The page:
Saturday, March 3, 2012

From Aur to Maloelap

We woke on departure day to grey clouds and rain. Not the ideal conditions
when traveling across bommie (coral head)-filled lagoons and squeezing
between reefs to enter a new lagoon.

We need bright sunlight for the best visibility through the water in these
areas where coral grows up from the depths in random patterns and with no
warning. These coral heads are also not marked on our charts.
So...with the decline in weather, we decide to stay put and collect water

Within half an hour, blue appears through the clouds, and the sun is
visible. We change our minds again, and start the labourous chore of hauling
our rusty and heavy chain and anchor. We both comment several times on how
we can't wait to get rid of this chain. Give me nylon rode any day.

The wind is a good 25+ knots and we make our way across the lagoon and out
into the open ocean. The next atoll, Maloelap, is close. Only 30 miles. So a
day trip. But the winds shift, and we find that we are beating into the
strong winds. We end up motor sailing through the frequent squalls that
leave John drenched for most of the day!

We make it through the pass into Maloelap's lagoon early in the afternoon.
They waypoints we'd been given were perfect. It is slow going to cross the
lagoon and we finally make it to our anchorage at 5 pm, during a rain squall
of course.

At Anchor in Maloelap. Photo by SY Jennifer
There is one other boat here, a local fish supply boat, Ms Timur. They will take the fish caught by locals to Majuro for sale and export. From our location, we can see several war relics all around us. A couple of masts
from a wrecked Japanese schooner loom out of the water just south of us. There are guns and bunkers to the North.
This gun is visible from our anchorage
We can see rusted hulks of who-knows-what all over the beach. Looks like lots of exploring to do here.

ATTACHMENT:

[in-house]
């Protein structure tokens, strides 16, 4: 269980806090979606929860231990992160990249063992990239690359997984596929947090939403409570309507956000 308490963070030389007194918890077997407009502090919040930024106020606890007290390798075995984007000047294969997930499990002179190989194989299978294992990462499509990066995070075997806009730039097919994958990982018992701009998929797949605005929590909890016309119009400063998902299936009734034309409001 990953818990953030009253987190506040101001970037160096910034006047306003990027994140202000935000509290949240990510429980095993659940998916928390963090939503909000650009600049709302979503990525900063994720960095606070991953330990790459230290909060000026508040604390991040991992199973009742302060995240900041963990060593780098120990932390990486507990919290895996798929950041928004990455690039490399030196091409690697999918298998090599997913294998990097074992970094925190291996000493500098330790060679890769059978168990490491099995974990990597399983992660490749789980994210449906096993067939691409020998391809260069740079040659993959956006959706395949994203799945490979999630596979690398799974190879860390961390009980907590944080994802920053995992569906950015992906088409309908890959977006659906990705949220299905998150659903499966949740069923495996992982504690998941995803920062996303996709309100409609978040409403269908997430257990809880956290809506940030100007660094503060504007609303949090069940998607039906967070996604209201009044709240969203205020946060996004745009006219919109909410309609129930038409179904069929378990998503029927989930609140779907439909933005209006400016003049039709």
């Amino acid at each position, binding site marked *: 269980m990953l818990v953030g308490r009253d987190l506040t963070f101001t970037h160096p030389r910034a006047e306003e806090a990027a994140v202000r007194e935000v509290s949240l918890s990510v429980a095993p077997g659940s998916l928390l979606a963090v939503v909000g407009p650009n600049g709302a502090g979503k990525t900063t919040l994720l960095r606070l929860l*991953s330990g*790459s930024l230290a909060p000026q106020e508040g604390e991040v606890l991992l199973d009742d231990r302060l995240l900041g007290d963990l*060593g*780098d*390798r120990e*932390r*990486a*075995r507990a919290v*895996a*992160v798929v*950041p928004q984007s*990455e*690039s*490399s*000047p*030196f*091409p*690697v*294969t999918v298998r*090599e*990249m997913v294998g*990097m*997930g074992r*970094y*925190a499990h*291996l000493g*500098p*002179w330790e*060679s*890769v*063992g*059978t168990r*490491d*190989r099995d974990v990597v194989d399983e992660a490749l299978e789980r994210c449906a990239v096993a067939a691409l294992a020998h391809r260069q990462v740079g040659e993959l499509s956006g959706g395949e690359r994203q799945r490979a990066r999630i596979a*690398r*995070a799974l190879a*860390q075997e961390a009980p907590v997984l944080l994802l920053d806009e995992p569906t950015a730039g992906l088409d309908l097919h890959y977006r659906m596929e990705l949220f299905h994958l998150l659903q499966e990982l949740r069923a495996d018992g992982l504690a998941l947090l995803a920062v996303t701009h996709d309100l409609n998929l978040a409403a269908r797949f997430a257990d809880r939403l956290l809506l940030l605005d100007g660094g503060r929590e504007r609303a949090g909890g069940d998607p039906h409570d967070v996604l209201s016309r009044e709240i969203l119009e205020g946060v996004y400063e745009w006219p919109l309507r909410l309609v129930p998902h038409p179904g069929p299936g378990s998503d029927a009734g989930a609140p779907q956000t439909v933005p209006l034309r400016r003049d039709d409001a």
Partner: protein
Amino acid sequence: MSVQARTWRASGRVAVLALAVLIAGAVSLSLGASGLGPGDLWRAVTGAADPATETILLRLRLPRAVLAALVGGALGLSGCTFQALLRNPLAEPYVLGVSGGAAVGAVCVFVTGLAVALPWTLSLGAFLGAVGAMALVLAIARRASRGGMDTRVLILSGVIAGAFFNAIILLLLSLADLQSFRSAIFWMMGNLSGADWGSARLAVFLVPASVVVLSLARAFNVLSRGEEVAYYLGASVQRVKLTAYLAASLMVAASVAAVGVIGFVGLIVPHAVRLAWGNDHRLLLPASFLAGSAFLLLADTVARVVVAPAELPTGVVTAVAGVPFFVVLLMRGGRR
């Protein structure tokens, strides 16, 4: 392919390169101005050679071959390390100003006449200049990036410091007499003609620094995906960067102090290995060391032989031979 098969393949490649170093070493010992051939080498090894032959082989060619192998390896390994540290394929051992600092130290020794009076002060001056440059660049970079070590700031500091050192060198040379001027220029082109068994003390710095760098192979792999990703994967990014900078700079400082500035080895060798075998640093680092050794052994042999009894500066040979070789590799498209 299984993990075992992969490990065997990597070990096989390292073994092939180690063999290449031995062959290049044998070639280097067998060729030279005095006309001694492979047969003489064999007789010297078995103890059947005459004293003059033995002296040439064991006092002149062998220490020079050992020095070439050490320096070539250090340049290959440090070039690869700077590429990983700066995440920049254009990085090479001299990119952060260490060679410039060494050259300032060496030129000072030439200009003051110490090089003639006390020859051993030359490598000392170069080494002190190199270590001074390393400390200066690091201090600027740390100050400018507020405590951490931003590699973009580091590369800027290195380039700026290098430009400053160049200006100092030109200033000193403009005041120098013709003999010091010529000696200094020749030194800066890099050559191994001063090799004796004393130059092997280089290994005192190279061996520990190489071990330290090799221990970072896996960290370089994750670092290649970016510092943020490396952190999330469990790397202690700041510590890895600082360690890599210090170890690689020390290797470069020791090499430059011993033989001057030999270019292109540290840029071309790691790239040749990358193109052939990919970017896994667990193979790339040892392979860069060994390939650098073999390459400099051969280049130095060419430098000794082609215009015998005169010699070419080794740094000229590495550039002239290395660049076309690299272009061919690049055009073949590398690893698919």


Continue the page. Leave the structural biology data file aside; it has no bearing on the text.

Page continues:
If you check our position on google earth, you'll see 6 yachts were anchored at this location when the image was taken. Today, it is just us and a local boat. Our position is: 08 42N, 171 13E.

Tabal - Aur

Not sure if I can adequately describe what an amazing time we had at
Tabal-Aur. This is a small island on the north east corner of Aur Atoll. If
you are looking at Google Earth, you can enter our coordinates: 08 18N, 171

We stayed a week, and we have plans to return. In our short week, we've met
many of the locals and the children have taken to following us around on our
"jambos" (walks). I spent a day in Kendra's classroom, teaching the older
kids about Canada and discussing our trip, and reading Dr. Suess to the
younger kids. It was a hoot. We left all the kids with Canada pencils to
remember us by!

We had Kendra out to the boat to share a meal of pork chops, a rarity around
here, and she took advantage of the opportunity to send an email to her
family. Normally, the mail system is unpredictable, and letters can take
months to reach her.

The kids are very interested in the boat, and some were brave enough to ask
that they see the boat. We were unsure how to answer. How can we make it
fair? How do we get the kids to the boat? What about their parents? Is it
safe? In the end, they solved our dilemma for us. The braver kids swam out
to Renova! First, four of the older girls came out on a foam raft with
Kendra. We gave them a tour and some fruit slices.
Then four boys swam out...all clutching to an old deflated fishing float. They made it, and were
treated to some cold juice and apple slices.

As always, we must move on. Upon leaving, we were gifted with some wonderful handicrafts made by our new friends. We look forward to returning here next month for their Liberation Day celebrations.

Monday, February 27, 2012

An Eight Coconut Day

Upon our arrival James, the local medical officer here at Tabal, asked John
to look at his outboard engine. No one works on a Sunday, so on Monday John
spent the day with James to troubleshoot the Honda 15hp. John's fiddled with
lots of outboards, and he kept our little Johnston running well past it's
prime. He replaced the carb in our Yamaha, adjusted the points, and now it
runs beautifully, even for me. He's got a gift.

It took all day, but he managed to get that honda running. It had not run in
2 years. James thought it was just a broken impeller, and he had a spare, so
we thought it would be a quick job. But it turned out to need its carb
cleaned, throttle rebuilt, sparks cleaned, coils cleaned, and so on. The new
spark plugs and impeller he had were not suited to the engine. So, even
though it ran, it still needs a new impeller.

He was thanked with a gift of 8 drinking coconuts. YUM. There are two in the
fridge as I write.